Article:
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From:Sunny Bains Date:March 2 2010 11:19pm
Subject:Re: unique_checks and InnoDB primary key
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Zardosht,

On 03/03/2010, at 10:13 AM, Zardosht Kasheff wrote:

> I see. I understand that the insert buffer is used for unique
> secondary keys when unique_checks is set to 0.
> 
> Now what about the primary key? Is the insert buffer used for the
> primary key when unique_checks is set to 0?
> 

Primary keys (a.k.a cluster indexes) never use the insert buffer, not even
when unique_checks is set to 0.

> Thanks
> -Zardosht
> 
> On Tue, Mar 2, 2010 at 6:07 PM, Sunny Bains <Sunny.Bains@stripped> wrote:
>> Zardosht,
>> 
>> On 03/03/2010, at 9:47 AM, Zardosht Kasheff wrote:
>> 
>>> Then what does one gain by setting unique_checks to 0 and using InnoDB?
>>> 
>> 
>> 
>> Sorry, I misunderstood the question. You wanted to know if  unique_checks == 0
>> for the transaction then would InnoDB still use the insert buffer for unique
> secondary
>> indexes. I answered the case for the default setting. If you want to ignore the
> unique
>> check then yes it will use the insert buffer. The whole point of the insert
> buffer is
>> to reduce IO and be able to translate from random IO to sequential IO. In the
> default
>> setting we would have to bring the page into the buffer pool to check (if it's
> not already
>> there) for dup keys defeating the purpose of the insert buffer. The insert buffer
> is
>> only used for pages that are not already in the buffer pool.
>> 
>> 
>>> On Tue, Mar 2, 2010 at 5:35 PM, Sunny Bains <Sunny.Bains@stripped>
> wrote:
>>>> Zardosht,
>>>> 
>>>> On 03/03/2010, at 1:54 AM, Zardosht Kasheff wrote:
>>>> 
>>>>> Hello,
>>>>> 
>>>>> I have a question about the variable unique_checks and InnoDB. I see
>>>>> that if unique_checks is 0, the storage engine is allowed to ignore
>>>>> duplicates of secondary unique keys. InnoDB uses this setting to
> allow
>>>>> the insert buffer to increase insertion speed.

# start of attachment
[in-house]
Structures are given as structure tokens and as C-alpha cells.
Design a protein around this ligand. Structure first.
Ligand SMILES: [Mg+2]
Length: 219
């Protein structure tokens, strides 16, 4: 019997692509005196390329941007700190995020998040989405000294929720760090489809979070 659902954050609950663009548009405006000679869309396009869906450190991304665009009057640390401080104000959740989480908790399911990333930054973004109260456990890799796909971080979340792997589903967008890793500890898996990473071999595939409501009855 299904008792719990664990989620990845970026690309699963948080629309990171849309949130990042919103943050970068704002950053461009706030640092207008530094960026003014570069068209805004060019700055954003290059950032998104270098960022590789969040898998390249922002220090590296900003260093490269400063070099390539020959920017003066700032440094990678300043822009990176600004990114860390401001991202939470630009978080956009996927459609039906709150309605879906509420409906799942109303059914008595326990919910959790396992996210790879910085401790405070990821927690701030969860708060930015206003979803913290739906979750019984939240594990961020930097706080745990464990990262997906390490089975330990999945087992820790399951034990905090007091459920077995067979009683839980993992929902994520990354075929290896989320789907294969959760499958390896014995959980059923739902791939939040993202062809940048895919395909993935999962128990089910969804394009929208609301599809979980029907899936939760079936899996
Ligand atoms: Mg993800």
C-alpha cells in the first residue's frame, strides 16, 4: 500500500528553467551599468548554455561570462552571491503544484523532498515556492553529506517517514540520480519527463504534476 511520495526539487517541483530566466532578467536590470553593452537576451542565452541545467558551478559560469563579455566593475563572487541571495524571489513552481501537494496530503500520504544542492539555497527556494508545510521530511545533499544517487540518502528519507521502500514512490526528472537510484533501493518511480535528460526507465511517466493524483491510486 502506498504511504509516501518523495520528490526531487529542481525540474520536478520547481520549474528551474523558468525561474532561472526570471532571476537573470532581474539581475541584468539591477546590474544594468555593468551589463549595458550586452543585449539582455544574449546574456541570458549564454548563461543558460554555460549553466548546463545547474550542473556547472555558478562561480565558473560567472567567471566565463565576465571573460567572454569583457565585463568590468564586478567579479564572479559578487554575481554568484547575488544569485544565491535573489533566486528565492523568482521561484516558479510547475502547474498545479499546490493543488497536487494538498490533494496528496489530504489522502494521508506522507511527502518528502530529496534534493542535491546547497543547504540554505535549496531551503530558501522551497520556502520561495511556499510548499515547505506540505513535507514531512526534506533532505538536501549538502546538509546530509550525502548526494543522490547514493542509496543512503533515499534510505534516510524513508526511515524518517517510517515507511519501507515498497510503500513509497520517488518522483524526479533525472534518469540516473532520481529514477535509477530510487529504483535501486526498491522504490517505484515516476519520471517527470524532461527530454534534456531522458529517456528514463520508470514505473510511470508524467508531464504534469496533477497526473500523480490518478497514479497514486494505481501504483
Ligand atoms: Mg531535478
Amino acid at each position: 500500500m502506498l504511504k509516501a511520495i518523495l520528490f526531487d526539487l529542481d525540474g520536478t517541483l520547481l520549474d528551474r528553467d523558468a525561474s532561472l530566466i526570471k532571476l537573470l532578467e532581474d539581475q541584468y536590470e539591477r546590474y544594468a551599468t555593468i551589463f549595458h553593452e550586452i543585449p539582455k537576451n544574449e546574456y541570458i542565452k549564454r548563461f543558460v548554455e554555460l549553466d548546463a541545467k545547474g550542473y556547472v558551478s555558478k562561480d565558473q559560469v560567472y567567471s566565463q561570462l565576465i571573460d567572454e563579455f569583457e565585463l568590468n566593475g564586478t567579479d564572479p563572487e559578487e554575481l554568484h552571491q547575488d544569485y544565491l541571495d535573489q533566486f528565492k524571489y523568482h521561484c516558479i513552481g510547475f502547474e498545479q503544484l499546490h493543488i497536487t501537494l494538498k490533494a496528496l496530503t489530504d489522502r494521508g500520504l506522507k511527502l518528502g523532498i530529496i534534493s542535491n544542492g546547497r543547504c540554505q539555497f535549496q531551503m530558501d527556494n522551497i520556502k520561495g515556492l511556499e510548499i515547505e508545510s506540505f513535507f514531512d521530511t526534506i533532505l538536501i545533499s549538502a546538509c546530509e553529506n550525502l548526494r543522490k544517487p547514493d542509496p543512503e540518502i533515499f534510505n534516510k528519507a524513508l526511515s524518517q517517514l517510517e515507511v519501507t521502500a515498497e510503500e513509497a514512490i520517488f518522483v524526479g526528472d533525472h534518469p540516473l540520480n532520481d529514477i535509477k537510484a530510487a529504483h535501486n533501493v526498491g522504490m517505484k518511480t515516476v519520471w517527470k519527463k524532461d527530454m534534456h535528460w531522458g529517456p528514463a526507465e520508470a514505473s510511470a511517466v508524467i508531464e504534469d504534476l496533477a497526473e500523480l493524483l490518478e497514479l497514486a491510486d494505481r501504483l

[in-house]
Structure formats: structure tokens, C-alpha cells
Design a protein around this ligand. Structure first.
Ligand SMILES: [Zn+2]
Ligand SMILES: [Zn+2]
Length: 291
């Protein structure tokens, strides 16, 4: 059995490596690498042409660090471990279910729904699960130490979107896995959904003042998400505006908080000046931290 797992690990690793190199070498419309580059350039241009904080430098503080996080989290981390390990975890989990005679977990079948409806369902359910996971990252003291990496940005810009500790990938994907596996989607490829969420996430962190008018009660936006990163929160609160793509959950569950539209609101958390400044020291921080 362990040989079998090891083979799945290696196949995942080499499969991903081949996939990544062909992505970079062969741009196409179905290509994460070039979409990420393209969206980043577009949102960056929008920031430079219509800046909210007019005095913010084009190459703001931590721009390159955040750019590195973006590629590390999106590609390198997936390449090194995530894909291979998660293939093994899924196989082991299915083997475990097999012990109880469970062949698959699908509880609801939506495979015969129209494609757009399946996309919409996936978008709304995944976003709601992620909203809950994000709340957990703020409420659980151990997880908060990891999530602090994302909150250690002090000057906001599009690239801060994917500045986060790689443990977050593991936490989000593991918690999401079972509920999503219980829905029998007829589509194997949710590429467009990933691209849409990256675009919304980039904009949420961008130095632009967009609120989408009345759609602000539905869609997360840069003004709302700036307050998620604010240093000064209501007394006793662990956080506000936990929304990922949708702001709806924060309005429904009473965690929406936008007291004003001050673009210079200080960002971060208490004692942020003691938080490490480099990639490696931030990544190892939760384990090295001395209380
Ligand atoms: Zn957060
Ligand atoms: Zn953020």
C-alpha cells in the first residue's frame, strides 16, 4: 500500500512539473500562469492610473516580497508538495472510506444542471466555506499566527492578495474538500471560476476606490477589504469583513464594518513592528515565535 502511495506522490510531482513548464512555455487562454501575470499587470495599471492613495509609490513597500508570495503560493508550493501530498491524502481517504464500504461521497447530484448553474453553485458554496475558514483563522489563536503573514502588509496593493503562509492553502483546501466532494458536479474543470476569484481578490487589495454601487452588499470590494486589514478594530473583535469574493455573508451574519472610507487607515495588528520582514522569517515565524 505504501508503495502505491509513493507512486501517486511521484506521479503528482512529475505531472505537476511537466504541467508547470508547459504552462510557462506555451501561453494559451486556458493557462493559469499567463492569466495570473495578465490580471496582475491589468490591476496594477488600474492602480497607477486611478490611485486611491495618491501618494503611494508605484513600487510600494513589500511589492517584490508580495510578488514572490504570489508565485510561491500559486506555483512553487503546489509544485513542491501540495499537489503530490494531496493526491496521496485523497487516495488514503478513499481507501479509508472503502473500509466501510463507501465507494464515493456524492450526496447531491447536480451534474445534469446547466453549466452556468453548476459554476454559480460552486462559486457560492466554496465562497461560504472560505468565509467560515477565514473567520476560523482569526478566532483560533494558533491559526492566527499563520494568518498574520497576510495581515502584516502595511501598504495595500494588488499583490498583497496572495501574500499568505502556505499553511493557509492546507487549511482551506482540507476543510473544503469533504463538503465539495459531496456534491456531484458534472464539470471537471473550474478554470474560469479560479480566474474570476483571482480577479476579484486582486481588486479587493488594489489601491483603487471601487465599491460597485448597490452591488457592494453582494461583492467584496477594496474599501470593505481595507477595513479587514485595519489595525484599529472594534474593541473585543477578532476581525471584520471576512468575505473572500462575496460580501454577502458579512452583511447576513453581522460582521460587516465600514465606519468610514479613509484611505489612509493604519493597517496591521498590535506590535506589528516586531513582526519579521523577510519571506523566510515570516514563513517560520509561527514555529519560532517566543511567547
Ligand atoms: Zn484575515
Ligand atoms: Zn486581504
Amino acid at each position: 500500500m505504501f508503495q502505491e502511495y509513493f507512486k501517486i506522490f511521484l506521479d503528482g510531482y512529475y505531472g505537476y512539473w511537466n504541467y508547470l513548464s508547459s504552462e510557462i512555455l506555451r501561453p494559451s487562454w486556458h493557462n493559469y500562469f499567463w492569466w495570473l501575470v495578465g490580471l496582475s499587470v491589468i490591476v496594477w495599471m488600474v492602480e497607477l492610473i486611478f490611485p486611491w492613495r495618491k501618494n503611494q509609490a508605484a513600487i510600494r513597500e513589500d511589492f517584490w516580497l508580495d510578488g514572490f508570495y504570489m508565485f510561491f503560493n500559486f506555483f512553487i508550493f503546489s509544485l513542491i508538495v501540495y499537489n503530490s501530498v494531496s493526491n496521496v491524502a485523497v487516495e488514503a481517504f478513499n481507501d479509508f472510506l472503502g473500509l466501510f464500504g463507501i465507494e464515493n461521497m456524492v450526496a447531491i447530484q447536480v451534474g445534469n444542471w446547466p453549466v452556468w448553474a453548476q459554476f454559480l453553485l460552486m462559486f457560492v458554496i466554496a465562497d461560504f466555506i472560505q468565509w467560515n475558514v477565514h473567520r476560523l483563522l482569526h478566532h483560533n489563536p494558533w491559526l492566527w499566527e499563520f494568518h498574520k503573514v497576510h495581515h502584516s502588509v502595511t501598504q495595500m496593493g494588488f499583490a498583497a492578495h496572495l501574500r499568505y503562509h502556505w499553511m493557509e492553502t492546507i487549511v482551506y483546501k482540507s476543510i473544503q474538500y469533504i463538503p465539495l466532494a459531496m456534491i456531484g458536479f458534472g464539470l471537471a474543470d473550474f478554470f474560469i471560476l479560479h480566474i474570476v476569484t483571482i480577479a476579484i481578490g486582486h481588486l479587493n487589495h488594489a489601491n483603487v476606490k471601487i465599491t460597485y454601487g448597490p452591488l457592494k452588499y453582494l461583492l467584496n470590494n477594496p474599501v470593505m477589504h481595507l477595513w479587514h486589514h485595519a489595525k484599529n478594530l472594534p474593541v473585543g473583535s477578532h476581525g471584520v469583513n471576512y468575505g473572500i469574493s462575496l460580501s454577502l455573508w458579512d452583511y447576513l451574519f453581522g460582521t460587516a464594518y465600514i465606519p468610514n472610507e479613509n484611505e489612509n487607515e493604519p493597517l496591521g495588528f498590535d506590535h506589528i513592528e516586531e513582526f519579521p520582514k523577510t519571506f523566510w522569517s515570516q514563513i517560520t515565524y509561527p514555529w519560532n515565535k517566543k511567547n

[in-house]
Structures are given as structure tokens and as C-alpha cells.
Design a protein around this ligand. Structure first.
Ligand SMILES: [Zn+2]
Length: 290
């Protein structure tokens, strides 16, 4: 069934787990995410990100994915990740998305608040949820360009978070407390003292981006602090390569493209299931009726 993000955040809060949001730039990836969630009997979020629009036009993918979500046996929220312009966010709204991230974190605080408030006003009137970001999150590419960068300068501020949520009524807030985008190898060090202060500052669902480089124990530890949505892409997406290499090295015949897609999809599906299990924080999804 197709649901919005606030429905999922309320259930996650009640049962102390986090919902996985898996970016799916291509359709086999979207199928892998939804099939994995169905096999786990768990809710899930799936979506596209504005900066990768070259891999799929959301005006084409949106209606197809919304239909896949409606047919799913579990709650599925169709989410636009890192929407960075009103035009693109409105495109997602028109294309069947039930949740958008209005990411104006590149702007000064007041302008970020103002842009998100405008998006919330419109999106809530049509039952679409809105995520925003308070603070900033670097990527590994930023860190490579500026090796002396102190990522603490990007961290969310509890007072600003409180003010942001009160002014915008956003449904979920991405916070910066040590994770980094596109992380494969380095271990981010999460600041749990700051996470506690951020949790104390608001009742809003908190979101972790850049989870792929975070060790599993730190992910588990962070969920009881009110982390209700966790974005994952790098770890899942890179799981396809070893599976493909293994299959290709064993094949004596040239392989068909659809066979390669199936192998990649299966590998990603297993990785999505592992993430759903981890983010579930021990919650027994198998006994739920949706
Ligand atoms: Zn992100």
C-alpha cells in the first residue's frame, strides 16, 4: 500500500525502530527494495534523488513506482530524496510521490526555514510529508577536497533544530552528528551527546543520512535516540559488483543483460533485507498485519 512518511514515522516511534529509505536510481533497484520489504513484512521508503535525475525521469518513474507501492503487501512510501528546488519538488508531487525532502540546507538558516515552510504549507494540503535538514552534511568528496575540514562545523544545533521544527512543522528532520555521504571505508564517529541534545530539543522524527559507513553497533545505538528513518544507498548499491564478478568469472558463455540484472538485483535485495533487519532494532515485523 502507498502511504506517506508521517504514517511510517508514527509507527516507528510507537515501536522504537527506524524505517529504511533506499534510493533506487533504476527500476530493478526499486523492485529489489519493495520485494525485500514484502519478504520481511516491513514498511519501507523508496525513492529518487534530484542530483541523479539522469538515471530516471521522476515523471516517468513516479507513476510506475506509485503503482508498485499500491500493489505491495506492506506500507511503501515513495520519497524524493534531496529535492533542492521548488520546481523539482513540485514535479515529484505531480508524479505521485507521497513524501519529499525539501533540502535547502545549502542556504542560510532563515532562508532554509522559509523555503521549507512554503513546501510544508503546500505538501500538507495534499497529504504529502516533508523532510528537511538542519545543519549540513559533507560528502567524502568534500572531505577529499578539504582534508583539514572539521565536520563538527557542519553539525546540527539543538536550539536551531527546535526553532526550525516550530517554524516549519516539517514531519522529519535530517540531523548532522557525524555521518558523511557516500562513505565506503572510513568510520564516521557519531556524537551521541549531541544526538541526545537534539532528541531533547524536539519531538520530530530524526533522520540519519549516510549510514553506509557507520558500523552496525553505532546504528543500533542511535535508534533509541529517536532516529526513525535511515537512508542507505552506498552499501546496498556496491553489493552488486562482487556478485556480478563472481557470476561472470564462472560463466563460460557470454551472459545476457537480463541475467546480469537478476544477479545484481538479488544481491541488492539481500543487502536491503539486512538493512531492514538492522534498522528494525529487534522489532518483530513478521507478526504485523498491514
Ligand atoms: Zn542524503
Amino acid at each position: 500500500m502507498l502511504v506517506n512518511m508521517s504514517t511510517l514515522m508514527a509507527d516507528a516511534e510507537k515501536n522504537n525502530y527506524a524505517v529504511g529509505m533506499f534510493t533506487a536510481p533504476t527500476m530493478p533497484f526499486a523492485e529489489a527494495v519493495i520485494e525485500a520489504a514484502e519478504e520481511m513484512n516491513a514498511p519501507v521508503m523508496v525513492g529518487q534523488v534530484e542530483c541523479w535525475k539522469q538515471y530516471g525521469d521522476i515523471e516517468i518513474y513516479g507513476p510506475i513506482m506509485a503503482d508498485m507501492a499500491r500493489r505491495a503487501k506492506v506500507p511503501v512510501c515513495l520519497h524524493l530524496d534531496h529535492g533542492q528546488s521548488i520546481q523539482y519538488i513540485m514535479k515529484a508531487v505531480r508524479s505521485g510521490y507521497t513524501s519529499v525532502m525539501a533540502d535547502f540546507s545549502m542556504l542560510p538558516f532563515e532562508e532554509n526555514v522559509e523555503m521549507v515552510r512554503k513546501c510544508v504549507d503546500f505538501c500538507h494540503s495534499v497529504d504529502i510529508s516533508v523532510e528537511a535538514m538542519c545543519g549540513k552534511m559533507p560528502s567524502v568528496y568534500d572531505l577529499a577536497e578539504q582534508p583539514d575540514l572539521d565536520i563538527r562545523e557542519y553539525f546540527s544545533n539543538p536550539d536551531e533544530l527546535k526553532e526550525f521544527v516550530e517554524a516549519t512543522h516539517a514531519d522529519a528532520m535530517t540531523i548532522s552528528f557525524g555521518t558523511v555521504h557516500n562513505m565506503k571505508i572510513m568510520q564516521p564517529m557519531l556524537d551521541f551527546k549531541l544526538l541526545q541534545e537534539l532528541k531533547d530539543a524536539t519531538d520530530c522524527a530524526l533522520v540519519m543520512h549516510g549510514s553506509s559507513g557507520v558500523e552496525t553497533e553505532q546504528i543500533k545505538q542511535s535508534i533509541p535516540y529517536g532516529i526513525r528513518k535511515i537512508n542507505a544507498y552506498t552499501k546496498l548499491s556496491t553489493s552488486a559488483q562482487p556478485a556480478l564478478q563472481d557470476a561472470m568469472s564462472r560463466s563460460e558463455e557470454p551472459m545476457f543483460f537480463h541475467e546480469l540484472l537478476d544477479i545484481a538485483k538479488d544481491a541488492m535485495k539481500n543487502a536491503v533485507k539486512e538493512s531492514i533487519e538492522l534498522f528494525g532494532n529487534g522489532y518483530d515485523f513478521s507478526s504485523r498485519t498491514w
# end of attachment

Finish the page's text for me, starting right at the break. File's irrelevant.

>>>>> 
>>>>> My question is this: if unique_checks is 0, is InnoDB allowed to
>>>>> ignore duplicates of the primary key? Looking at code, the answer
>>>>> seems to be no. And as a result, the insert buffer is not used for
> the
>>>>> primary key, correct?
>>>>> 
>>>>> Assuming my understanding above is correct, here is a follow up
>>>>> question. Suppose I have a table schema:
>>>>> create table foo (a int, b int, primary key (a,b))engine=InnoDB;
>>>>> Because the insert buffer cannot be used for the primary key, can I
>>>>> get better performance by changing the schema to the following?
>>>>> create table foo (a int, b int, unique key (a,b))engine=InnoDB;
>>>>> 
>>>>> Or will this not work because InnoDB selects the unique key as the
>>>>> clustered key?
>>>>> 
>>>>> Thanks
>>>>> -Zardosht
>>>> 
>>>> Unique secondary keys cannot use the insert buffer.  Also, he insert
> buffer
>>>> is not used for primary keys at all.  The insert buffer is only used for
>>>> non-unique secondary indexes.
>>>> 
>>>> Regards,
>>>> -sunny
>>>> 
>>> 
>> 
>> Regards,
>> -sunny

Regards,
-sunny
Thread
unique_checks and InnoDB primary keyZardosht Kasheff2 Mar
  • Re: unique_checks and InnoDB primary keySunny Bains2 Mar
    • Re: unique_checks and InnoDB primary keyZardosht Kasheff2 Mar
      • Re: unique_checks and InnoDB primary keySunny Bains3 Mar
        • Re: unique_checks and InnoDB primary keyZardosht Kasheff3 Mar
          • Re: unique_checks and InnoDB primary keySunny Bains3 Mar
            • Re: unique_checks and InnoDB primary keyZardosht Kasheff3 Mar
        • Re: unique_checks and InnoDB primary keyRick James4 Mar
          • Re: unique_checks and InnoDB primary keyVenu Kalyan4 Mar
            • Re: unique_checks and InnoDB primary keyRick James26 Jul